Despite significant absences and many students learning remotely, data show the pandemic has had no detrimental impact overall on Falmouth Elementary students’ learning. Data was collected from students in Grades 1-4 in Fall 2019, Fall 2020, and Spring 2021.
Remote and in-person students were included together in the data.
MCAS scores were also used to assess how students fared from the pandemic in the applicable grade levels, comparing test scores from Spring 2019 to Spring 2021.
“This past year was characterized by many headlines as a lost year. However, our data does not match that characterization,” Assistant Superintendent Sonia Tellier said during her presentation introduction to the School Committee on September 28.
K-4 math instructional coach Robin Bowerman and Stacey Strong, alongside elementary literacy manager Erin Custadio and early learning coach Jamie Rapoza, presented their data for mathematics and literacy to the committee during the meeting.
In regards to mathematics, Ms. Bowman said, “Data shows that there was no detrimental impact overall from the interruption to in-person learning. The mobilization of technology and the strategies to support remote learning in the first months of the pandemic were successful.”
Universal math screenings showed an improvement of 1 percent from Fall 2019 to Fall 2021.
Comparing MCAS math scores for Falmouth students Grades 3 and 4 to the state, Ms. Bowerman said, “We can see that Falmouth is widening its margin of positive performance.”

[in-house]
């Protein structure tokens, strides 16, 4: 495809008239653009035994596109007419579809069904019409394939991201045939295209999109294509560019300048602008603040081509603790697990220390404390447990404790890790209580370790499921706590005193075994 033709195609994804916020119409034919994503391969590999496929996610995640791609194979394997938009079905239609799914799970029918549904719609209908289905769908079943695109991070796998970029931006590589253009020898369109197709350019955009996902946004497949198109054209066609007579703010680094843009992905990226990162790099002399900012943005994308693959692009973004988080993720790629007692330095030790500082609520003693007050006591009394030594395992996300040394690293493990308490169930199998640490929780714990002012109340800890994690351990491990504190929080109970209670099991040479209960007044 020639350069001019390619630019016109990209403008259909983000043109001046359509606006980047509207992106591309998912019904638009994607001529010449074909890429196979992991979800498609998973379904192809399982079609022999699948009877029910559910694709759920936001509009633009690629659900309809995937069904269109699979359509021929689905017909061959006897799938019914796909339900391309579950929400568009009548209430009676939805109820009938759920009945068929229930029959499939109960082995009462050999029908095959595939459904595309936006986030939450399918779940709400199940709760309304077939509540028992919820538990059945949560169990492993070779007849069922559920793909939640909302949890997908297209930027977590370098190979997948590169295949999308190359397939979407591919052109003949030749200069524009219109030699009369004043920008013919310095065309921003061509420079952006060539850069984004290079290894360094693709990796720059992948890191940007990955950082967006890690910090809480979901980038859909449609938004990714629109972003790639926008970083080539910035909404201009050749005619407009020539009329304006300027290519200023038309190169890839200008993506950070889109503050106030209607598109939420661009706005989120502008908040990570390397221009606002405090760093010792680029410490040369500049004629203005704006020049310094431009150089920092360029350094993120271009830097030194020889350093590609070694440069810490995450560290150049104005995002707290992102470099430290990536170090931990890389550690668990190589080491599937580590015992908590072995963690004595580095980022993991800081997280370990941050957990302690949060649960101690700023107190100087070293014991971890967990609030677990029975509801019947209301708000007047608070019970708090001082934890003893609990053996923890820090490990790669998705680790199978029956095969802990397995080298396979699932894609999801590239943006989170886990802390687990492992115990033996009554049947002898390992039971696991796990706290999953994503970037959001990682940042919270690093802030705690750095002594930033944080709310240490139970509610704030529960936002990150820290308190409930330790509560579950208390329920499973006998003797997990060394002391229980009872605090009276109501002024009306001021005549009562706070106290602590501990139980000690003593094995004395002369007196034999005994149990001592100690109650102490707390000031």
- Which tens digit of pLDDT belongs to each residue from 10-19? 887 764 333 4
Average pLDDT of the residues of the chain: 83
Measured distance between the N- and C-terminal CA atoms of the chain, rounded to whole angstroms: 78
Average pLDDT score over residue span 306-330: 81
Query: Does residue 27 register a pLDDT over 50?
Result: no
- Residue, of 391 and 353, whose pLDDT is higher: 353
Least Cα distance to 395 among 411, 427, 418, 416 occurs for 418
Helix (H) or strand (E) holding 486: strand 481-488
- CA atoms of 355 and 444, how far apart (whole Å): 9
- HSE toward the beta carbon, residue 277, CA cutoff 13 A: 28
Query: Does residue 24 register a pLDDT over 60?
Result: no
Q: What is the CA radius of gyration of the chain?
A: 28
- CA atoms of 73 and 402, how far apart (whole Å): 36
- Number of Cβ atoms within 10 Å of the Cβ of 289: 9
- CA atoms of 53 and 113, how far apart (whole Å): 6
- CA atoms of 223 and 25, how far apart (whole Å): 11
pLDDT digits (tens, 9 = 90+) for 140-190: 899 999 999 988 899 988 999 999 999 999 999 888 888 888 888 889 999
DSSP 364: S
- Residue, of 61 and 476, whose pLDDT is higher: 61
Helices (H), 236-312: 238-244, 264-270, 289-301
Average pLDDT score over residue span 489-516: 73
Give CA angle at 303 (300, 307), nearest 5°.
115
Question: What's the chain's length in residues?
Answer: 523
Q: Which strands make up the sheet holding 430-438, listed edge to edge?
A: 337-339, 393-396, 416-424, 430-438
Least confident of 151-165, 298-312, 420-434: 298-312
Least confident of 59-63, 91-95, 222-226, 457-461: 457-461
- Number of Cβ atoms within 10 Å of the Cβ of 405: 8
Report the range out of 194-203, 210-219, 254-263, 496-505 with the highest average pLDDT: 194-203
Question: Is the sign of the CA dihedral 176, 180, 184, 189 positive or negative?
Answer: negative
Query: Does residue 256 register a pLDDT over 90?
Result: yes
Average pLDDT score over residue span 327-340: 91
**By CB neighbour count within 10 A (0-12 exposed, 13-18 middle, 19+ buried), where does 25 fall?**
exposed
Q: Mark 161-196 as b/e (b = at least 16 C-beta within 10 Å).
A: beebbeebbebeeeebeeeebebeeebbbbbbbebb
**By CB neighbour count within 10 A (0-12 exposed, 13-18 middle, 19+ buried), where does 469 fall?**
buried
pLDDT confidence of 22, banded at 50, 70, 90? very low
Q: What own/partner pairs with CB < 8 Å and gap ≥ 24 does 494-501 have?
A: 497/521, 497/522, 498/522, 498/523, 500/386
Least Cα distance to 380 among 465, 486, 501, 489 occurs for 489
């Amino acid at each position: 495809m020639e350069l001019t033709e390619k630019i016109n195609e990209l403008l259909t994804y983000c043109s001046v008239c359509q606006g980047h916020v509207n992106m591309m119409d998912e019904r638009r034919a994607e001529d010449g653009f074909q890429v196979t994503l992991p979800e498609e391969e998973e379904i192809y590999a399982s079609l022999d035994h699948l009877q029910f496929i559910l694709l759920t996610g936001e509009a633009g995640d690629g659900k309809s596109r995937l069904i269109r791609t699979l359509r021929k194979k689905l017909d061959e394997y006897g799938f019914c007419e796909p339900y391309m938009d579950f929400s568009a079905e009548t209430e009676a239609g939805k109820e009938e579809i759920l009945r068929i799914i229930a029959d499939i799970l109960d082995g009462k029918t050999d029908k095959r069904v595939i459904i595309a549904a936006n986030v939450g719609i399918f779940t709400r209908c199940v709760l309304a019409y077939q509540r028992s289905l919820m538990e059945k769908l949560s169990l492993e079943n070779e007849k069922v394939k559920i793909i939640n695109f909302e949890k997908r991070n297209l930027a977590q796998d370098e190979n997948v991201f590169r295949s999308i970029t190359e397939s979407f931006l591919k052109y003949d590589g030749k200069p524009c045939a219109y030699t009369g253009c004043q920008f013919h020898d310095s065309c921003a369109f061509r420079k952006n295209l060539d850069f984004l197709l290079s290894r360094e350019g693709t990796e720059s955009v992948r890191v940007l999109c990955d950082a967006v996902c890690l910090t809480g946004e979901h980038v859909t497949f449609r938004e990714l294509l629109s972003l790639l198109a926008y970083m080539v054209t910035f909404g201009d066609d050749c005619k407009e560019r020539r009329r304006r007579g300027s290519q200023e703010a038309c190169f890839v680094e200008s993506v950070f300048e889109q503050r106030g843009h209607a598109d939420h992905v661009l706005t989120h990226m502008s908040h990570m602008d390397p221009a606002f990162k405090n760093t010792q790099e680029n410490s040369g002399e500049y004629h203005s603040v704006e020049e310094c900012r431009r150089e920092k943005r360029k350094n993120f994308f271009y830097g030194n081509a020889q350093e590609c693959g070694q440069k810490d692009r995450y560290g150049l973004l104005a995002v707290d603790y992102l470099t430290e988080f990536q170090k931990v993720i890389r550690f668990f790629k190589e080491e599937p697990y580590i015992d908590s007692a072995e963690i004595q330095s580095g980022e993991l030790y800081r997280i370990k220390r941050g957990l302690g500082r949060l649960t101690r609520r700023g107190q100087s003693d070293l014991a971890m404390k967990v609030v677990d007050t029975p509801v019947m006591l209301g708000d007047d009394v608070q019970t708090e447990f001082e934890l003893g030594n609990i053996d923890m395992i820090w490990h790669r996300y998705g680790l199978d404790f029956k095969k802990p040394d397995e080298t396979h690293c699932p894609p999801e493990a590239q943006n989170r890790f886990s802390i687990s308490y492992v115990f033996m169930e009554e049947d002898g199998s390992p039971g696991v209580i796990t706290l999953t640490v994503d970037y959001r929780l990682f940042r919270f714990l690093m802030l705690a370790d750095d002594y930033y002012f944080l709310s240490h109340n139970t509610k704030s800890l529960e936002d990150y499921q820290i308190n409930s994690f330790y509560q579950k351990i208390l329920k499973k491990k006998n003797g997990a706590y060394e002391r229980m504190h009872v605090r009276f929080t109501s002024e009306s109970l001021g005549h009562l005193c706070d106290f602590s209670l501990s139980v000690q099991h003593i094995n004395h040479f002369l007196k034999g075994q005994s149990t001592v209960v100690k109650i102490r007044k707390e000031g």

MCAS literacy scores for Grades 3 -4 in Falmouth also showed students are outperforming the state in terms of the percentage of students who are meeting and exceeding expectations, Ms. Custadio said.
Kindergarten students were also assessed on Letter Naming Fluency.
This data average has declined from previous years with 36 percent of kindergarteners testing well below average in Spring 2021 compared to 6 percent in 2019, Ms. Rapoza said.
Additional data for Nonsense Word Fluency or decoding unfamiliar words was not as concerning as no students fell into the well below average category, Ms. Rapoza said.
However, 50 percent of students fell into the below-average range for NWF.
“What this kind of tells us is students are really lacking their automaticity in their letter naming. They know these skills but they don’t have them at the rate we like to see them have them,” Ms. Rapoza said.
“We need them to be able to do it at a higher rate of automaticity so they have them committed to memory and things move a little bit faster and that we’ll see an improvement in all areas of reading from phonics to fluency,” Ms. Rapoza continued.
Kindergarten students’ decline in aspects of literacy was attributed to the lack of cooperative learning, direct instruction opportunities, and in-person instruction during the pandemic.
“Because of COVID regulations we weren’t able to participate in those types of activities, so they did not have the follow-up experience and the cooperative experiences they normally would have, that piece was missing,” Mr. Rapoza said.
Staggered pickups and drop-offs for kindergartners were also a factor since shortened school days minimized time within the classroom, Ms. Rapoza said.